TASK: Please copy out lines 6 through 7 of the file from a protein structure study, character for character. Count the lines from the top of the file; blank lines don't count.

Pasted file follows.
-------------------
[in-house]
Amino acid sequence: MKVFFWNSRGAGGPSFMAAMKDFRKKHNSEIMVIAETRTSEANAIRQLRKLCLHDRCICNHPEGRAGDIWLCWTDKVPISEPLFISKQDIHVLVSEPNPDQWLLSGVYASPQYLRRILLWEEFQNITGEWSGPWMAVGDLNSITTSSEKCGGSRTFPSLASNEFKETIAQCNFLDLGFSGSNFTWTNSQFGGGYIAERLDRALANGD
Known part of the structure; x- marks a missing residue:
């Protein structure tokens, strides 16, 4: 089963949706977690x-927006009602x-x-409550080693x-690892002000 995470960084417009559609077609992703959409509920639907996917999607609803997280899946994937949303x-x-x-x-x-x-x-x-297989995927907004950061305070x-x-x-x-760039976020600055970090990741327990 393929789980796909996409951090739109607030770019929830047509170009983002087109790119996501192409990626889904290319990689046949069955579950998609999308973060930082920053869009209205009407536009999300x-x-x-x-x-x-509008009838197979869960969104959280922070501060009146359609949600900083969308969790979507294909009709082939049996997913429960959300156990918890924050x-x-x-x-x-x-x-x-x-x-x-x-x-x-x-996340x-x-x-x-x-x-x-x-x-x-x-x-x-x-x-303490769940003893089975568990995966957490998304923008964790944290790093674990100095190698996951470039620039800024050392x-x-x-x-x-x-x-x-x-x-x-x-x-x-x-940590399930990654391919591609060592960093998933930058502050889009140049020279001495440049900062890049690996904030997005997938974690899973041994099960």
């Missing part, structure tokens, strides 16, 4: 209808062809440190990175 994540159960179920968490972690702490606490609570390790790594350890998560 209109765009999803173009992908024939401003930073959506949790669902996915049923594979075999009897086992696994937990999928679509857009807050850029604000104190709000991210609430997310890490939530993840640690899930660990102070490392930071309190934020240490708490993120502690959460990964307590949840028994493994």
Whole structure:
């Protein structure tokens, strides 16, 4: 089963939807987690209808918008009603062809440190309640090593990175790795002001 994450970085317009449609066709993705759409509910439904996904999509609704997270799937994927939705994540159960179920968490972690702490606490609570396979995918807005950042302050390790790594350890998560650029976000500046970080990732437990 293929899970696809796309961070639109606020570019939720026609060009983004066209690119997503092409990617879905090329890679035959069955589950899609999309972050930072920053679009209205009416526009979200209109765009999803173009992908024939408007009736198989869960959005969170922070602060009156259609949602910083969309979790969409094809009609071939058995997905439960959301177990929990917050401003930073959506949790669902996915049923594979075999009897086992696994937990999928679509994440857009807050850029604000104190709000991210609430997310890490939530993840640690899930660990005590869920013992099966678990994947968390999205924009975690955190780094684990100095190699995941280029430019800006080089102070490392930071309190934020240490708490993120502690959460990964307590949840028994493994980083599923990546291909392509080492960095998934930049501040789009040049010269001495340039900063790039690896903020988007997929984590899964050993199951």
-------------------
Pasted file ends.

Whole structure:
């Protein structure tokens, strides 16, 4: 089963939807987690209808918008009603062809440190309640090593990175790795002001 994450970085317009449609066709993705759409509910439904996904999509609704997270799937994927939705994540159960179920968490972690702490606490609570396979995918807005950042302050390790790594350890998560650029976000500046970080990732437990 293929899970696809796309961070639109606020570019939720026609060009983004066209690119997503092409990617879905090329890679035959069955589950899609999309972050930072920053679009209205009416526009979200209109765009999803173009992908024939408007009736198989869960959005969170922070602060009156259609949602910083969309979790969409094809009609071939058995997905439960959301177990929990917050401003930073959506949790669902996915049923594979075999009897086992696994937990999928679509994440857009807050850029604000104190709000991210609430997310890490939530993840640690899930660990005590869920013992099966678990994947968390999205924009975690955190780094684990100095190699995941280029430019800006080089102070490392930071309190934020240490708490993120502690959460990964307590949840028994493994980083599923990546291909392509080492960095998934930049501040789009040049010269001495340039900063790039690896903020988007997929984590899964050993199951």